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Low cost DNA gel documentation

Posted in: DNA / RNA Manipulation and Analysis
An image of an aperture to depict DNA gel photography.

Equipment for DNA gel photography, such as photographing DNA gels stained with ethidium bromide (or other fluorescent dyes), doesn’t have to cost thousands of dollars. These days, great pictures can be obtained with a standard digital camera and an orange filter. Here’s how.

You will need:

  • A digital camera
  • A Cokin orange filter 002A or similar (This does not have to fit onto the camera, a square filter will do.)
  • A polystyrene ice bucket with a thick (3-5cm bottom)
  • A UV transilluminator

To build it:

  1. Cut a hole in the bottom of the box that is big enough for the camera lens to fit into.
  2. Tape the filter over the hole, inside the box.
  3. Set the camera flash to off and the mode to black & white.
  4. Push the camera’s lens tube into the hole (or place the camera lens over the hole if there is no lens tube). Depending on the shape of your camera, you may have to modify the box to ensure that the camera is pointing straight into the hole.
  5. Place your DNA gel onto the transilluminator and put the box over the gel.
  6. Turn the transilluminator and the camera on. You should now be able to see the stained DNA on the gel in the viewfinder of the camera.
  1. To get a quality picture and good detection limits you will have to play around with the ISO, shutter speed, and aperture. This will be specific to your camera, but the setting ISO 200, Shutter speed 1/3, Aperture 8.0 worked for me—so this may be a useful starting point for you.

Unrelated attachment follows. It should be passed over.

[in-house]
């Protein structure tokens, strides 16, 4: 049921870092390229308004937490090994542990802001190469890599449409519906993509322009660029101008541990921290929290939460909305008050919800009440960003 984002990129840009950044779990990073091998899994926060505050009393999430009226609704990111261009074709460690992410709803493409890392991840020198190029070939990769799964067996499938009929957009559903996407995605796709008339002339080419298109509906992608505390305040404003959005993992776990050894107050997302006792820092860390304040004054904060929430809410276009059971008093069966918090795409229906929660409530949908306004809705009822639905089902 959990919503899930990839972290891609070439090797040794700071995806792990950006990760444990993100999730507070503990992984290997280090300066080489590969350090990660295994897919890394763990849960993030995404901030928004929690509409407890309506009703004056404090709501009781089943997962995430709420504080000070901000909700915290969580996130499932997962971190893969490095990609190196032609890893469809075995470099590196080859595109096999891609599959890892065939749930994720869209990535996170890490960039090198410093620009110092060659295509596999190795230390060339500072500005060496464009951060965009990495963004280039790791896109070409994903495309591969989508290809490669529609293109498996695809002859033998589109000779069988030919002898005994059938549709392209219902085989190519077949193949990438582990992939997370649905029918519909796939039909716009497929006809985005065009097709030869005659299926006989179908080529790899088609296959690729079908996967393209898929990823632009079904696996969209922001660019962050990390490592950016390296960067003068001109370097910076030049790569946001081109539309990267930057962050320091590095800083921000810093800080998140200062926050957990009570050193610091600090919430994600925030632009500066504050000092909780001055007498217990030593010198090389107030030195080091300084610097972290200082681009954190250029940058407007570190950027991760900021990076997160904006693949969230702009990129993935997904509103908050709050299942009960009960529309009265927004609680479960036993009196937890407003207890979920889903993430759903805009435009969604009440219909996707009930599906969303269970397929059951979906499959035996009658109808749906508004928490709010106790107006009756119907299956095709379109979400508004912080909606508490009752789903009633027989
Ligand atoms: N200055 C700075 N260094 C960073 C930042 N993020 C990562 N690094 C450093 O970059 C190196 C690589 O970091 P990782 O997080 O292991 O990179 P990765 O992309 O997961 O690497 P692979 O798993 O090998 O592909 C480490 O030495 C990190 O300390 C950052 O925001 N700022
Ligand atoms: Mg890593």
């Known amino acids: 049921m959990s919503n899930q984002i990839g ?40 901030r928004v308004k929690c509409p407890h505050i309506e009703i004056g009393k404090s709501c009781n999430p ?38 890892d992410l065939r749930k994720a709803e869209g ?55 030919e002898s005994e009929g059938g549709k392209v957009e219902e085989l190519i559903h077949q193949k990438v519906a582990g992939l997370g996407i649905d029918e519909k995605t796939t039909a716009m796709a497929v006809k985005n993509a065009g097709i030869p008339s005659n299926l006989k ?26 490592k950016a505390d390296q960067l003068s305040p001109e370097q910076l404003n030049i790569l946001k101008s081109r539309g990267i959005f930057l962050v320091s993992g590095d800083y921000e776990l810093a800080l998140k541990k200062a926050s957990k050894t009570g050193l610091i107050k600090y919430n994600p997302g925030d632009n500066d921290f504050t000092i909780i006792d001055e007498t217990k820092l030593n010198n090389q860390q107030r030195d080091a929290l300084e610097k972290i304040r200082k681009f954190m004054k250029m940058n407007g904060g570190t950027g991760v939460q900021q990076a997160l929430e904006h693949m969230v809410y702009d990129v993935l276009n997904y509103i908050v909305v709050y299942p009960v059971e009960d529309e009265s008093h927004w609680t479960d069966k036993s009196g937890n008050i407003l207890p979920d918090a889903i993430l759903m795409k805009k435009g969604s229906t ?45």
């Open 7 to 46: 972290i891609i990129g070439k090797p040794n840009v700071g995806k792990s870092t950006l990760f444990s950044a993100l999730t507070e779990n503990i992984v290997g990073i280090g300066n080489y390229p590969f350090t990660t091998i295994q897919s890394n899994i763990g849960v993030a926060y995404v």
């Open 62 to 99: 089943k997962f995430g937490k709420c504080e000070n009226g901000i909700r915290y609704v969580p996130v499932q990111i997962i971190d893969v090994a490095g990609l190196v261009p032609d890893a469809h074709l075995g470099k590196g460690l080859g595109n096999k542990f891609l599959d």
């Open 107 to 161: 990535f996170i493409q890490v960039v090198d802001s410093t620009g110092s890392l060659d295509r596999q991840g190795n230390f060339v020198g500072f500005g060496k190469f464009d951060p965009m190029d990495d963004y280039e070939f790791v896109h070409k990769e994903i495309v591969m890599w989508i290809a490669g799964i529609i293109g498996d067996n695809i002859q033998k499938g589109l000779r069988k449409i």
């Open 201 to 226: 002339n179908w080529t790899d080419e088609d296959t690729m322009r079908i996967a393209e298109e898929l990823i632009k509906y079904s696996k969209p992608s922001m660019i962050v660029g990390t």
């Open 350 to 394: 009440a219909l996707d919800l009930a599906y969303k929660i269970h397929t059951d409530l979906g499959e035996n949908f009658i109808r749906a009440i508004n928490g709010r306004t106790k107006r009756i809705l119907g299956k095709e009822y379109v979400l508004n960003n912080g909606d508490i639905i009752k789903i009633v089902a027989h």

Update: Here’s a schematic diagram that shows how the whole thing should fit together. Let me know if you have any comments or questions.


One thing to remember when imaging your gels is to minimize the time on the UV transilluminator as UV light can damage DNA and impact your downstream applications if you are cutting bands out of the gel.

For more tips, tricks, and hacks for getting your experiments done, check out the Bitesize Bio DIY in the Lab Hub.

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  1. Dr. B. O. Agaviezor on December 11, 2019 at 2:13 pm

    This is great. I am going to try this tomorrow. Thanks

  2. Pat on December 7, 2016 at 8:09 pm

    Hi Nick,

    Thanks for this post. Can you give an example of the filters you would use? Would a cheap orange light filter like this be fine:



  3. basit_24 on September 7, 2011 at 6:04 am

    Thanks for such a nice article. What we should do if we want to make an in-house UV transilluminator? It would be really helpful if you comment on that or send me any relevant link. Thanks

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